DENVER (CBS4) – The Arts Through It All holiday campaign launched Tuesday to help organizations across Colorado trying to keep operating during the pandemic. The agencies leading this effort conducted a recent survey showing many of these cultural groups are struggling, worried they may not make it without assistance from the public and the government.
“Twenty-twenty has been a challenge for all of us in the arts and culture sector,” said John Ekeberg, the executive director of the Broadway division for the Denver Center for the Performing Arts. “We are not doing the work that we are so accustomed doing, that we so love doing.”
The results of a survey include those benefiting from the Science and Cultural Facilities District, which funds nearly 300 organizations in seven counties with tax dollars. Almost all said the impact of COVID-19 would be moderately severe or extremely severe to their work. More than half, 60%, said they were only moderately confident or not confident at all they will survive the pandemic.
“Live preforming arts is an incredibly compelling medium in this time.,” Ekeberg said on a video conference call. “It is the best that we have now, and it’s still an opportunity to connect with arts and culture.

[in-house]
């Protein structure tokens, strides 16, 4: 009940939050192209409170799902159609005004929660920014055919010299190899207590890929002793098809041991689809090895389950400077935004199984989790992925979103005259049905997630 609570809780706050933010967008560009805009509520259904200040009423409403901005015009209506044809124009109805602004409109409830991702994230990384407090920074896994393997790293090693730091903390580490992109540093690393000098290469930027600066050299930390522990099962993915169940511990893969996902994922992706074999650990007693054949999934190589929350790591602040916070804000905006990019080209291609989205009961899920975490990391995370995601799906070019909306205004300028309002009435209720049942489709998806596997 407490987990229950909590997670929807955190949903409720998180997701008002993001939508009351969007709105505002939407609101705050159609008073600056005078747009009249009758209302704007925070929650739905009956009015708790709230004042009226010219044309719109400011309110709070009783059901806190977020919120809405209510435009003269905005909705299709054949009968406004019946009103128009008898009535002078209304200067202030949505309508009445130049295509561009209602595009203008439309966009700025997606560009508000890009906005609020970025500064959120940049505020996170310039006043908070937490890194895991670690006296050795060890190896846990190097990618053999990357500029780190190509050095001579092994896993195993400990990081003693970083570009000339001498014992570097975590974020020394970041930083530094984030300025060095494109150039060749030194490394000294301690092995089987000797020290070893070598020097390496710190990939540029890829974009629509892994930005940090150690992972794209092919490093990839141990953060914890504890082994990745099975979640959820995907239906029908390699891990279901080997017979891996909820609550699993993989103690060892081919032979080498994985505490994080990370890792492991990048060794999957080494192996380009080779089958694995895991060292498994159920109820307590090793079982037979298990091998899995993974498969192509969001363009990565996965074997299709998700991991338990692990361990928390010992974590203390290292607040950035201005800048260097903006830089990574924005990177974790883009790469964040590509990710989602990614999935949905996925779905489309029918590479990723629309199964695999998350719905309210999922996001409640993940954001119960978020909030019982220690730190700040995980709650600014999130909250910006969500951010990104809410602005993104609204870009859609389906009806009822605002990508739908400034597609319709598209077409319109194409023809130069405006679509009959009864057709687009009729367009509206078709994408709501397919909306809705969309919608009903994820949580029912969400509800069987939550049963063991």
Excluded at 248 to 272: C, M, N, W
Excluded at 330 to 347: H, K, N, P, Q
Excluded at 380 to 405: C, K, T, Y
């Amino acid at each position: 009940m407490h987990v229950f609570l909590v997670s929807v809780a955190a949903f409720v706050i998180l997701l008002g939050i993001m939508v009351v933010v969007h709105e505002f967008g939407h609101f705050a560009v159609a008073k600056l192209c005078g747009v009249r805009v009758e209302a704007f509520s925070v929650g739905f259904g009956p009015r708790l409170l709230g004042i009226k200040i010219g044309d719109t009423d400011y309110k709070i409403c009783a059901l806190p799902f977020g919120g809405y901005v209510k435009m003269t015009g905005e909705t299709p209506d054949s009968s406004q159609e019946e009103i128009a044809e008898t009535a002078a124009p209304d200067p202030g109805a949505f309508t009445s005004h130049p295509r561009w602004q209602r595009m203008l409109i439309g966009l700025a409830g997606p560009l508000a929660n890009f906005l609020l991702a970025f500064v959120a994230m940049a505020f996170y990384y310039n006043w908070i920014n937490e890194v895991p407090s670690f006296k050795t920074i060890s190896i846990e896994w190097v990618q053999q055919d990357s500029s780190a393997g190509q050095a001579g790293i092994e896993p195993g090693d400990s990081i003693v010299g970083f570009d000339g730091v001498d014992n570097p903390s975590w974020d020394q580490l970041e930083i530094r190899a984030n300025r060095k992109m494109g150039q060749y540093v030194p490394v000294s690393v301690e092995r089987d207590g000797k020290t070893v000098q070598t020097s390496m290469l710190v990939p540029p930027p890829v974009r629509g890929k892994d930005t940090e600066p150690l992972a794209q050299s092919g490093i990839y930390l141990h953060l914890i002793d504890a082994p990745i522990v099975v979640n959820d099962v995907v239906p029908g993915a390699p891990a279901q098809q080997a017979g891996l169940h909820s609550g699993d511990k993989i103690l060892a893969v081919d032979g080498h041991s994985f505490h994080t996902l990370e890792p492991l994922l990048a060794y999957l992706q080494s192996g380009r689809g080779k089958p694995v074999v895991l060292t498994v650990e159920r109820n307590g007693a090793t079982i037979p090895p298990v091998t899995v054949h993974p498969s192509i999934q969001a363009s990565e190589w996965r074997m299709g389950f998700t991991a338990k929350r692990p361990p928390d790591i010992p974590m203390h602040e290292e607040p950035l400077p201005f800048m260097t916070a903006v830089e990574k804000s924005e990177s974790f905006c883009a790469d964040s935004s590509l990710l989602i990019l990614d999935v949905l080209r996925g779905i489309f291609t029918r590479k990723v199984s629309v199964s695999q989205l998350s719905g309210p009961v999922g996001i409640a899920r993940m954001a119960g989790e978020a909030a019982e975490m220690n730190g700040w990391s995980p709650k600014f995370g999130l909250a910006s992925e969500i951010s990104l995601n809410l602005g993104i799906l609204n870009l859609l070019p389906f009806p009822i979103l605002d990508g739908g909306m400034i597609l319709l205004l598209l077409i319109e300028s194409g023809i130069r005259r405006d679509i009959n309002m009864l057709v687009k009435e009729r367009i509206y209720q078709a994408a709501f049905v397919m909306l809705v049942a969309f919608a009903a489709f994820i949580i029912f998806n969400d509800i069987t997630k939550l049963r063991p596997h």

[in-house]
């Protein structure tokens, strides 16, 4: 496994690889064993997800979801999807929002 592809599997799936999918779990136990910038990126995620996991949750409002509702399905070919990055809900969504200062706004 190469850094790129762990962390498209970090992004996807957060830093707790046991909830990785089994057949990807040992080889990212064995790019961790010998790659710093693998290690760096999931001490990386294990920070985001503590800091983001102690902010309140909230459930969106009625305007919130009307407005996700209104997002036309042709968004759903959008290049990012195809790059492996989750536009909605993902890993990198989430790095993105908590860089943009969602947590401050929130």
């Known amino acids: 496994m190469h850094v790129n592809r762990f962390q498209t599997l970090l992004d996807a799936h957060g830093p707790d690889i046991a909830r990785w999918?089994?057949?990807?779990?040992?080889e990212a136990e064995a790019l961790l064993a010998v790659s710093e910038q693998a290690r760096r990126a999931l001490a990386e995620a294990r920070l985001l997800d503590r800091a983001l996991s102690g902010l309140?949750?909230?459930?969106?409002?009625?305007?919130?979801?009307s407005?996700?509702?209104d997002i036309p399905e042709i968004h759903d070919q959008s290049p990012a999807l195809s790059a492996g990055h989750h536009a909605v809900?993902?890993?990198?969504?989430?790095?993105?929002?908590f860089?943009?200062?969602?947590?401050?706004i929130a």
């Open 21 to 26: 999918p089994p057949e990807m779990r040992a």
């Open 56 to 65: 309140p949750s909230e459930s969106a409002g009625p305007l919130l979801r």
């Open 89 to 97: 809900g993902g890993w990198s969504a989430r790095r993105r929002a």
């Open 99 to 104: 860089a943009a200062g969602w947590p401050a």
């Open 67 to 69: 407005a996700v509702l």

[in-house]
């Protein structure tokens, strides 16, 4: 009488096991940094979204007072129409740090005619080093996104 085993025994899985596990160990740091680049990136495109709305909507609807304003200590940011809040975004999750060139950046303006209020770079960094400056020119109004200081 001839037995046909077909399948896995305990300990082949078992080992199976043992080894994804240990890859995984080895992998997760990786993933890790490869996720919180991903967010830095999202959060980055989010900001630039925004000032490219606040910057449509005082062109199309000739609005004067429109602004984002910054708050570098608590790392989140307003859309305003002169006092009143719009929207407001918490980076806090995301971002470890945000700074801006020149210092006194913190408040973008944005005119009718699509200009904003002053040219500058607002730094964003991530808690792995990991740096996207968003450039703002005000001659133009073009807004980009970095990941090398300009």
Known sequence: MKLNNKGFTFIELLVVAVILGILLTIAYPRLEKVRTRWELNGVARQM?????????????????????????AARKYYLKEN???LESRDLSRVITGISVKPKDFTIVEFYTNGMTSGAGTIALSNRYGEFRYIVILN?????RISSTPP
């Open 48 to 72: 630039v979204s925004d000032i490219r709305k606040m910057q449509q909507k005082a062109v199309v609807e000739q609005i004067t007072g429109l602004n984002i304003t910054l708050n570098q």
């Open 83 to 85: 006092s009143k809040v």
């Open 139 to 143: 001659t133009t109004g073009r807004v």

The DCPA has multiple shows guests can view from home including The Hip Hop Nutcracker. It takes place in modern day New York with contemporary choreography. The viewing will be later in December, it is a recording from a performance in New Jersey.
“It takes the traditional Nutcracker tale and the traditional Tschaikowsky score but then it sort of turns it on its ear,” he said.
So far this year, the Denver Center postponed or cancelled 30 productions and furloughed many of their staff. Ekeberg says they are operating at the moment with a minimal staff.
You can buy general admission tickets or a VIP option featuring a live Q&A with performers, proceeds benefit the DCPA. The group has already started a recovery campaign of $4 million, it is almost halfway to that goal to help its employees come back to work and give them health benefits.
While these organizations are struggling, 57% say they have four months or less of reserves to stay open, they also play a major role in driving business to the downtown core and Colorado communities. The DCPA alone had an economic impact of $175 million during the fiscal year of 2019.
“It’s not the same as the visceral experience of sitting in the theater next to someone or family and friends,” he said. “There will be that day when we will come back in the theater together and experience it live and in person.”